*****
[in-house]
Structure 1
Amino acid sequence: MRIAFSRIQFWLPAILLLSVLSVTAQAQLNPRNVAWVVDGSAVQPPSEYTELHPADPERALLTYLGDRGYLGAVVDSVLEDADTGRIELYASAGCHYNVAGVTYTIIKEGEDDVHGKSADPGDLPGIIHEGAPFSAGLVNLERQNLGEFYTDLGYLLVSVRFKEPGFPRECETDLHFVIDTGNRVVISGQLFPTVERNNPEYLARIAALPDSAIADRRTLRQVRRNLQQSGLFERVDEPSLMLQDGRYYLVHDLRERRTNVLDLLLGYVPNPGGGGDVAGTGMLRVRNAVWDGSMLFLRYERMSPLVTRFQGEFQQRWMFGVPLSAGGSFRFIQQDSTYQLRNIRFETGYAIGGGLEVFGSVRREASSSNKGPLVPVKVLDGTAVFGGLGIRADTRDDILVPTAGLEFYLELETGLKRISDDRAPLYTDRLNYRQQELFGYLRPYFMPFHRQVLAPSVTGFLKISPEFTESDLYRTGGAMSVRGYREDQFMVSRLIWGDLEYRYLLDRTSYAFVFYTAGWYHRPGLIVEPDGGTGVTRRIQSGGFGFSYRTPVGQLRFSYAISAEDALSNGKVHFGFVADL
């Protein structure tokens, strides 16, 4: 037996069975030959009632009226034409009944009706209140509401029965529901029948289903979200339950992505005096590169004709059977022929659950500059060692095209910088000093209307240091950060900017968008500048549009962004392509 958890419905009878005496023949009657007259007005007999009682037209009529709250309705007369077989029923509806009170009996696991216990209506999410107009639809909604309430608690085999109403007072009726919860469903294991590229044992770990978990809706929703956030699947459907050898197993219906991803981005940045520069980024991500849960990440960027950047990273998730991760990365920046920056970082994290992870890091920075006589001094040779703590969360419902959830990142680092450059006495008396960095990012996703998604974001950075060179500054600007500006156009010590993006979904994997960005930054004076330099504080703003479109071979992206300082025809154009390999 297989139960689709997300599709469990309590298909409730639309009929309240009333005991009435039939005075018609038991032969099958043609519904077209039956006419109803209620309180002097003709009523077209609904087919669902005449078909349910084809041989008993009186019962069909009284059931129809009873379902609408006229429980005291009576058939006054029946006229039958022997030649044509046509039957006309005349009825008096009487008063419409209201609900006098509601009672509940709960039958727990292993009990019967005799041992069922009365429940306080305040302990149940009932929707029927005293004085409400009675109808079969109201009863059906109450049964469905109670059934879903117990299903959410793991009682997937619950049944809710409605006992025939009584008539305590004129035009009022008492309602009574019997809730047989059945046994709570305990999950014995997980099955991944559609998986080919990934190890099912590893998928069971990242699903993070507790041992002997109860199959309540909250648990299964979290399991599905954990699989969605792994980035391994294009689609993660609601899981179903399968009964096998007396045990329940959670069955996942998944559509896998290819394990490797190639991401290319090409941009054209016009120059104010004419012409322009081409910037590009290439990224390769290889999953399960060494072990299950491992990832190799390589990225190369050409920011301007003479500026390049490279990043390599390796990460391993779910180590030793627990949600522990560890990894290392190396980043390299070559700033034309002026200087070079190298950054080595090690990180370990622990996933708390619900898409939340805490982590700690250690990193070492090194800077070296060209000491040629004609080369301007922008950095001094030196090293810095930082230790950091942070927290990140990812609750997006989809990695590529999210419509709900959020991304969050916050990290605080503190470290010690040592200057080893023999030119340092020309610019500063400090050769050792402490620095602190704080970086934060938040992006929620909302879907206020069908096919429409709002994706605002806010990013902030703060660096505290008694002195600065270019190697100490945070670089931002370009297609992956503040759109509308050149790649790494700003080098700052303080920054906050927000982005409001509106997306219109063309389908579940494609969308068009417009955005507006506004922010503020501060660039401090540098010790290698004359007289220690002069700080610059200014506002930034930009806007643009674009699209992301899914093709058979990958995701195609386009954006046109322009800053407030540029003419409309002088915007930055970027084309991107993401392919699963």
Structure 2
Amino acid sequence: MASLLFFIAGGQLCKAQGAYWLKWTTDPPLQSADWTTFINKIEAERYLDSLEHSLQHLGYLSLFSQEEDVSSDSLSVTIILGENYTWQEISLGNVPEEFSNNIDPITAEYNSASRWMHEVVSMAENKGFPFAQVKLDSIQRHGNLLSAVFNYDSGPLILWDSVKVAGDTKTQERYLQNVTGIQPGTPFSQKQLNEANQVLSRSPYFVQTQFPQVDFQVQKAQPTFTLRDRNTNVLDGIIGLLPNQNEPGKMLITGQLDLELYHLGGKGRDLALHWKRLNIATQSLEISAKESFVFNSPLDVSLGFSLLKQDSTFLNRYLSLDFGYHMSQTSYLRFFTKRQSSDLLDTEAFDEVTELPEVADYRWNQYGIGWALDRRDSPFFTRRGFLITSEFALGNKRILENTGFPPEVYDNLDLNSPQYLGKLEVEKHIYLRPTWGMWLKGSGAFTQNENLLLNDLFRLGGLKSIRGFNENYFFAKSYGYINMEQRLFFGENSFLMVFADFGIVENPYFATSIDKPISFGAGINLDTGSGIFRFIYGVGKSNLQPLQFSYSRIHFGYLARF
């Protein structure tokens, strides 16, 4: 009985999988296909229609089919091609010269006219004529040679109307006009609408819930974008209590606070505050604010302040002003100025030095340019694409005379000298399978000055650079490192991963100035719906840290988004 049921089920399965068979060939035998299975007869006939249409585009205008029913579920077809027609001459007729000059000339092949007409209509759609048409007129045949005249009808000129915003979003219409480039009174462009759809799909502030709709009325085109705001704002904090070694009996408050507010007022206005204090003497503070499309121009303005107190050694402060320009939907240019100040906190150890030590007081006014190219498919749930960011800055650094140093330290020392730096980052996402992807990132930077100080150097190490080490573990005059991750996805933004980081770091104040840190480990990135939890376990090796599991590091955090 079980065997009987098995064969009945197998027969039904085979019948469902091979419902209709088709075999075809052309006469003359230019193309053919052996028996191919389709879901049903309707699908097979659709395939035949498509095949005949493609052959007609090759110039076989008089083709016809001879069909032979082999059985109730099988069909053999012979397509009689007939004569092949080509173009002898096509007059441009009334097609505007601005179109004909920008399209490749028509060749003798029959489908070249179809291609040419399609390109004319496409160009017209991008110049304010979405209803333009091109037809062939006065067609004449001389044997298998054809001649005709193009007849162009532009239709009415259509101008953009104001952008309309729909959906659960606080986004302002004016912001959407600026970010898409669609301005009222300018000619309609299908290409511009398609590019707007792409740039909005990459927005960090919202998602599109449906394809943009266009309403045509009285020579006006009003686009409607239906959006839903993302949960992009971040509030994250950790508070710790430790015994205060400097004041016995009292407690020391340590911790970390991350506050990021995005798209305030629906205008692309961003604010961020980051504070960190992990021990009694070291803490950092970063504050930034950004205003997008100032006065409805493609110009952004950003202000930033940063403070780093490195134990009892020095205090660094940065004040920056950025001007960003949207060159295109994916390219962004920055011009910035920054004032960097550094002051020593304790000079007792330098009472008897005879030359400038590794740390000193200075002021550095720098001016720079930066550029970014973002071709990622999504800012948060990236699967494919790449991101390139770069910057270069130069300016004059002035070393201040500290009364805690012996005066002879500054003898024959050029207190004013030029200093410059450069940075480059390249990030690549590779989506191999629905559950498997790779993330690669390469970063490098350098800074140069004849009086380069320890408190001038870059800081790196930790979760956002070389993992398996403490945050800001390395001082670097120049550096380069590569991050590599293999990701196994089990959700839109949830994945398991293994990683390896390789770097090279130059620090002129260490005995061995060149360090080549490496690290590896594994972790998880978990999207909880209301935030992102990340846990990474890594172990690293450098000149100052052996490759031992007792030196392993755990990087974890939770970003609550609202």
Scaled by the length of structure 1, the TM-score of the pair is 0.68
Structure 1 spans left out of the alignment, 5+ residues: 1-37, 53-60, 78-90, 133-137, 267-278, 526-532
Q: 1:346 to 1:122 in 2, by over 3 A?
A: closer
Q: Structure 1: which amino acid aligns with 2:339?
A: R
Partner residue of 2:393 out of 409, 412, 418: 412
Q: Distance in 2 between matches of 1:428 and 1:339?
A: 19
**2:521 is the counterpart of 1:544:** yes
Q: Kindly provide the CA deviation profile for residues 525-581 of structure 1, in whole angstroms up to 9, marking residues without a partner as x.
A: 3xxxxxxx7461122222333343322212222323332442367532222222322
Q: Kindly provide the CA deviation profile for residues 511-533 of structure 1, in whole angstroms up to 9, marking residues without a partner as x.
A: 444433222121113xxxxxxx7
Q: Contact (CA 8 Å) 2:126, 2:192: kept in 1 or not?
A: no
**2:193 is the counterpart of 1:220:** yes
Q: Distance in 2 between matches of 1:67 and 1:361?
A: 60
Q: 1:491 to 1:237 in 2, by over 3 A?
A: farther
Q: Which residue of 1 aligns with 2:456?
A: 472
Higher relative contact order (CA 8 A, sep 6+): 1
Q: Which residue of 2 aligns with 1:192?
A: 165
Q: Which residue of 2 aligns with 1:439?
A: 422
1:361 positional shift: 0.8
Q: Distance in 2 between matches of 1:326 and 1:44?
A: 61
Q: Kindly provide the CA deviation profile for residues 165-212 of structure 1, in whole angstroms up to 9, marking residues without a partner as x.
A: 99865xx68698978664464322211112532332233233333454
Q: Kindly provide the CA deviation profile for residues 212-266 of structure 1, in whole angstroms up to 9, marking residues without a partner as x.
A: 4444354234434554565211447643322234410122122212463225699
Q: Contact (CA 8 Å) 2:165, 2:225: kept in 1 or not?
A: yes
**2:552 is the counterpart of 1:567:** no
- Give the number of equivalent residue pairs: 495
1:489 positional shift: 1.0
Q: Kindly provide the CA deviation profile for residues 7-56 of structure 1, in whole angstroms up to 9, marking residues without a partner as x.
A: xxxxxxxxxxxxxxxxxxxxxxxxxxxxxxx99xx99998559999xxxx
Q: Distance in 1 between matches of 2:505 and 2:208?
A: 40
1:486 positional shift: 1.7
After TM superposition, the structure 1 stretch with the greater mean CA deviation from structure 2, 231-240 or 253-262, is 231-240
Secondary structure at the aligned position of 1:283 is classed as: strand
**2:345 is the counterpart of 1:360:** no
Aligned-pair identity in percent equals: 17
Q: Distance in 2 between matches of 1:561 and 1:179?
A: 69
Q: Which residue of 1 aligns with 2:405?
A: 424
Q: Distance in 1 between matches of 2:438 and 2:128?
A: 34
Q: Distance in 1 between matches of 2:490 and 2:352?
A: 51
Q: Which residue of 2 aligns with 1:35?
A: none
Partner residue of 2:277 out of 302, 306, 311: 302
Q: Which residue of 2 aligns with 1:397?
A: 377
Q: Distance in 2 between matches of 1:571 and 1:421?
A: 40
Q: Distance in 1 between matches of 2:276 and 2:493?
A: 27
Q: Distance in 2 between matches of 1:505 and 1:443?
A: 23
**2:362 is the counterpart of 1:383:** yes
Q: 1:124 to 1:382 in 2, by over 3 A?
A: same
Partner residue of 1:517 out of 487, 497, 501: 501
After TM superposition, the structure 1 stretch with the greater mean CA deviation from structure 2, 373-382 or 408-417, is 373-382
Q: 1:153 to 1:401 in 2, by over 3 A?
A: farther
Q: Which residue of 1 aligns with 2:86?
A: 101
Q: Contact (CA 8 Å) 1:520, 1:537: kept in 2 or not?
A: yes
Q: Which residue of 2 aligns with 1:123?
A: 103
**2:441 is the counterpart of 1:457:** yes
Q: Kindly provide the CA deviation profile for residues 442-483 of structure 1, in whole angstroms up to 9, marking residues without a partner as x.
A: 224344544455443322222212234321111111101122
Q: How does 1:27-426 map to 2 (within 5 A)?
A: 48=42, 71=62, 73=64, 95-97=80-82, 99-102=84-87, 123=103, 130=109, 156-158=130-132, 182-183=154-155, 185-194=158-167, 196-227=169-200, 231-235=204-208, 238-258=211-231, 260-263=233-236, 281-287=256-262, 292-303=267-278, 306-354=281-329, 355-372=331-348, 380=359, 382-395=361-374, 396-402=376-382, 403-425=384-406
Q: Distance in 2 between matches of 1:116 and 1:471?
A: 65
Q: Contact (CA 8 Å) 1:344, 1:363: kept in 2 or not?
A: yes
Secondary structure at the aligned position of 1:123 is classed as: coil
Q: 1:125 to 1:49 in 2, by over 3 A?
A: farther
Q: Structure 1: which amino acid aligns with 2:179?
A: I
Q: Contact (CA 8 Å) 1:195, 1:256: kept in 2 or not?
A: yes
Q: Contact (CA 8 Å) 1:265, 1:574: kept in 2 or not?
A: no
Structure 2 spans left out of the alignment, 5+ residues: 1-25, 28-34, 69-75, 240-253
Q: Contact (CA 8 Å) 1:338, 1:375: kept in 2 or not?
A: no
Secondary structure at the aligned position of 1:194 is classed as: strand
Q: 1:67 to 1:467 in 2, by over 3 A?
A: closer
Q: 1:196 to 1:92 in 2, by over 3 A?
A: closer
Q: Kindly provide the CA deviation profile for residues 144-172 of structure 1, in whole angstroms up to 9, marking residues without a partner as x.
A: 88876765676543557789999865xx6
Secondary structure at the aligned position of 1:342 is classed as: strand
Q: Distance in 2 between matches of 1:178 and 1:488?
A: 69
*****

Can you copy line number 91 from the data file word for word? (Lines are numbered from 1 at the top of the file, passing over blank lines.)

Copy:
A: 224344544455443322222212234321111111101122